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HC declines stay on norms for nursery admission

Notification states that children living in 8-km radius of the schools will be given a preference during admission.

Unhappy with order, schools say they will appeal. (Express Archive) Unhappy with order, schools say they will appeal. (Express Archive)

Refusing to grant interim relief to unaided recognised schools in the city, the Delhi High Court declined to grant a stay on a notification issued by Delhi Lt-Governor on nursery admission. The notification states that children living in 8-km radius of the schools will be given a preference during admission, which is set to begin from January 15.
“The matter requires detailed hearing… it cannot be stayed on the first day..” Justice Manmohan observed, while dismissing the plea for interim stay on the operation of the December 18 notification issued by L-G Najeeb Jung.
The order comes after the Action Committee of Unaided Recognised Private Schools had filed a plea claiming that the notification was “absolutely illegal, arbitrary and without jurisdiction”.
The new guidelines for nursery admission for the session 2014-15 had allowed the 100-point scheme for nursery admission to continue, but had specified that 70 points would be given to children who lived within an 8-km radius of the school.
The government notification also abolished the 20 per cent management quota, and allotted a 20-point preference to applicants who have a sibling studying in the same school. Further, five points will be added by default in the application of girls and wards of school alumni.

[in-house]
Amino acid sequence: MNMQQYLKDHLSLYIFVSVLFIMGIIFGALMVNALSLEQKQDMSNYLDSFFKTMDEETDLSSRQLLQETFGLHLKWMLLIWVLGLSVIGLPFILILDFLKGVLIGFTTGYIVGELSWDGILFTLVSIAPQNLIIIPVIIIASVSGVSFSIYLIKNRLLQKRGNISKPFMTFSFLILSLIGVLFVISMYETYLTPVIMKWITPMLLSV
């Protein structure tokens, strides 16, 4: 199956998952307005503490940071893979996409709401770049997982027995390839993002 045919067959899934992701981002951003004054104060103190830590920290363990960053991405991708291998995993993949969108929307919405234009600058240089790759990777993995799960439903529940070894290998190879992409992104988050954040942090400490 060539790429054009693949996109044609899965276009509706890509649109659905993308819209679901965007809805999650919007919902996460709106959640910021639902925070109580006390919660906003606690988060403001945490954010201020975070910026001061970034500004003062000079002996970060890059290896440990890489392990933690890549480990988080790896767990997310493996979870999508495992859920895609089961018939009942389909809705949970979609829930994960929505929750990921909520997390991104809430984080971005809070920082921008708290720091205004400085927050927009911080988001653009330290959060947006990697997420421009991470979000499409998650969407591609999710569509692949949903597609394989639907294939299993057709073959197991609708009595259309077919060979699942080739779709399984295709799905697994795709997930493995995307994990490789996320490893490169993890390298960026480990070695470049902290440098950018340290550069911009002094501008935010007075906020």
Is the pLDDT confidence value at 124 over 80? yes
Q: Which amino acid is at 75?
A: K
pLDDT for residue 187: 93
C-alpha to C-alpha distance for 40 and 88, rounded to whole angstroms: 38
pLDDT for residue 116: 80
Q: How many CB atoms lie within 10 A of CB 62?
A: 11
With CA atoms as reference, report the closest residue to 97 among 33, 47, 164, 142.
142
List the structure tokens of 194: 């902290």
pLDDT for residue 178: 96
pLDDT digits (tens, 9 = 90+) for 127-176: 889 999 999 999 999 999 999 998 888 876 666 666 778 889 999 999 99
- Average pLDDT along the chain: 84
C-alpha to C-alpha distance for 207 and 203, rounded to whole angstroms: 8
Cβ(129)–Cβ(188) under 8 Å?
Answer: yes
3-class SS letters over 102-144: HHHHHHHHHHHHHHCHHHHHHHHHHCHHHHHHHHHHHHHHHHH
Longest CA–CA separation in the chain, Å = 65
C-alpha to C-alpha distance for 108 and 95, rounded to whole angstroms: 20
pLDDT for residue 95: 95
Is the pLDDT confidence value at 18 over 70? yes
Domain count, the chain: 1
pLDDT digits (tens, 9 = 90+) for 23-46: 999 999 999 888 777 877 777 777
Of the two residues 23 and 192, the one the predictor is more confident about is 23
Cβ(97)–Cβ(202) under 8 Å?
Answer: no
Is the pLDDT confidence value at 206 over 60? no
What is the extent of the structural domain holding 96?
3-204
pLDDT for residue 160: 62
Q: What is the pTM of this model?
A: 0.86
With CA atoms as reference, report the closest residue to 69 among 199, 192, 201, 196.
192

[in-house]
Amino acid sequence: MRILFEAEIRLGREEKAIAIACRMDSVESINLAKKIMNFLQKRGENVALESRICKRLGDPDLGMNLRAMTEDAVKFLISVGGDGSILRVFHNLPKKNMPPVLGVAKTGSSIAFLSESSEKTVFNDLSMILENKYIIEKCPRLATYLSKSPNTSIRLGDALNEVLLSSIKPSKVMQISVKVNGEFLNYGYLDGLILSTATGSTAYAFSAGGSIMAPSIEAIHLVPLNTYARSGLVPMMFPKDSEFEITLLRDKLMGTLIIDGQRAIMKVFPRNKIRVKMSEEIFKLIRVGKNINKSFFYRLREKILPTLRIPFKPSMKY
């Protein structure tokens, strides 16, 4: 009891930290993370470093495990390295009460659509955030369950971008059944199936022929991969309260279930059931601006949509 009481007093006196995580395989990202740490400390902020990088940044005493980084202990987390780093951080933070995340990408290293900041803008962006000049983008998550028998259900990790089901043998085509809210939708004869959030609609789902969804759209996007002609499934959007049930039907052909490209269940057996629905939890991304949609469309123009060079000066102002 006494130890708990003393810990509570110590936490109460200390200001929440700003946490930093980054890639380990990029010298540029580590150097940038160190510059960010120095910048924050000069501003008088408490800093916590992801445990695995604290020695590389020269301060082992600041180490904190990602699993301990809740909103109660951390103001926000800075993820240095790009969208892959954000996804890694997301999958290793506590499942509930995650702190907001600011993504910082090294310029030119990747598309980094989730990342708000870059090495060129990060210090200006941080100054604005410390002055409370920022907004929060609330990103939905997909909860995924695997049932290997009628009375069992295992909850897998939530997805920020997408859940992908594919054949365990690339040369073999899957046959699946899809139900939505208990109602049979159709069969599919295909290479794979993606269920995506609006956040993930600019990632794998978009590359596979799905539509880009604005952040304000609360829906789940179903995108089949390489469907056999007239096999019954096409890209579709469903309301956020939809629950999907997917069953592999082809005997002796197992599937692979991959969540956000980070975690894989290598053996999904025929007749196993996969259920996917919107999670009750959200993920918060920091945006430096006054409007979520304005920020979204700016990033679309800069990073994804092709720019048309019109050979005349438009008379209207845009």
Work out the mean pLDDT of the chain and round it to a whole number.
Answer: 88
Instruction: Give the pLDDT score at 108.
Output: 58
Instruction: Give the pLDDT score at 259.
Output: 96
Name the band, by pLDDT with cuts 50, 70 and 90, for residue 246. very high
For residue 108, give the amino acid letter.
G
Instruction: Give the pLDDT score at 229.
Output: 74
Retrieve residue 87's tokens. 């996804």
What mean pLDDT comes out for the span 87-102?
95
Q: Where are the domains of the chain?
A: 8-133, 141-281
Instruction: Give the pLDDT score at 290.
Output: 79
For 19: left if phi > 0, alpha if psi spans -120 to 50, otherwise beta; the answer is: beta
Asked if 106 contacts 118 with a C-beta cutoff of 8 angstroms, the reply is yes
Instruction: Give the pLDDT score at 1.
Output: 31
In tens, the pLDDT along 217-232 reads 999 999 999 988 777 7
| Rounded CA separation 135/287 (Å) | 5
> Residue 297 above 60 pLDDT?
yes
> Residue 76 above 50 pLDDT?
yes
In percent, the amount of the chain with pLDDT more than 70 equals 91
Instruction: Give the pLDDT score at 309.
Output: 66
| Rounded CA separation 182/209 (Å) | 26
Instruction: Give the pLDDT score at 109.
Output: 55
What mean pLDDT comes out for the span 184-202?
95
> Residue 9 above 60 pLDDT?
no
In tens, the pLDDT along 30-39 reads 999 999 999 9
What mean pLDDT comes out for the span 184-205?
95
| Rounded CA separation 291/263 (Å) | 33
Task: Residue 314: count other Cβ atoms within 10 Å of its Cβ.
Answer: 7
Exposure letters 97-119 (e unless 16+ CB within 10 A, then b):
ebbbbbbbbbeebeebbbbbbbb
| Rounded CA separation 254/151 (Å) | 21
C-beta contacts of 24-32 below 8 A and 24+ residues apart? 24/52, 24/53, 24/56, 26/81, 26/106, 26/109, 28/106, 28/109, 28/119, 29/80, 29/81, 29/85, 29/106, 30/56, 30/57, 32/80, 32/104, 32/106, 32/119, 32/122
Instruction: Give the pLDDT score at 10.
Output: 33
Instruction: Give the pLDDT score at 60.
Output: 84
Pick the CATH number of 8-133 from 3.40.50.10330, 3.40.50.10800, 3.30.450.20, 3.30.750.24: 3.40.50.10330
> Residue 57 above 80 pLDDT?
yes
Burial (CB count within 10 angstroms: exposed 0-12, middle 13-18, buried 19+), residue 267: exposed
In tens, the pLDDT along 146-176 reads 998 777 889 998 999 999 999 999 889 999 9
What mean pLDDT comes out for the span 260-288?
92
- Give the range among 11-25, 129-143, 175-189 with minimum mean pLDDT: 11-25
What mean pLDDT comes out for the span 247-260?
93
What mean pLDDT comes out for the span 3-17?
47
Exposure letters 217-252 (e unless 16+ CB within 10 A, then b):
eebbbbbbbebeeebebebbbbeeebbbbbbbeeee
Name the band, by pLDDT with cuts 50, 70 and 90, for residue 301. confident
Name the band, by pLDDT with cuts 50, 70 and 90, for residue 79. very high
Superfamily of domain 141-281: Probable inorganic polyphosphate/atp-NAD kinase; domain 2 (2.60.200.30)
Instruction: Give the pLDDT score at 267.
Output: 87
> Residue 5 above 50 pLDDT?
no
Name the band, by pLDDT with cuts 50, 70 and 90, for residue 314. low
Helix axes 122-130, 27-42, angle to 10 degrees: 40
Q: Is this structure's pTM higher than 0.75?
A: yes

During arguments before the court on Friday, Senior Advocates Neeraj Kishan Kaul and Sandeep Sethi argued that the notification was made without application of mind, and compromised the autonomy of schools.
“The Ganguly committee had said you cannot restrict people to one area. Giving 70 points out of 100 points to neighborhood (criteria) is arbitrary,” the advocate said.
The court, however, said the matter would need to be heard in detail. “This academic session, you can go on with this notification, we will see for next year,” the court observed.
The court then issued notices to the Directorate of Education to reply to the petition within three weeks, and has fixed March 11 to hear detailed arguments.
The plea filed by the schools’ body had claimed that the guidelines were against the principle of autonomy and the unaided private schools had been given the power by the Central government to formulate their own admission criteria for 75 per cent seats.
Meanwhile, NGO Social Jurist was also impleaded as a party in the case to respond to the plea by the schools.
After the single bench refused relief, lawyers for the schools mentioned the issue before the division bench, seeking leave to file an appeal against the single bench decision on Monday. According to advocate Kamal Gupta, the court was likely to hear the matter on Monday or Wednesday, since Tuesday is a court holiday.
“We have now filed our application with the division bench. The matter is expected to be heard by Monday. We are expecting the bench to grant us the stay,” S K Bhattacharya, President, Action Committee of Unaided Recognised Private Schools, said.
Asked if the admission process would remain unchanged this year, Bhattacharya replied, “It can’t be said with all certainty that the process will remain unchanged. If the division bench grants us a stay, the old guidelines will come into effect. The real picture will only emerge on Monday.”
The schools are also not ruling out the possibility of going to the Supreme Court. “If the High Court doesn’t grant us a stay, we will go to the Supreme Court,” R C Jain, President, Delhi State Public Schools Management Association, said.

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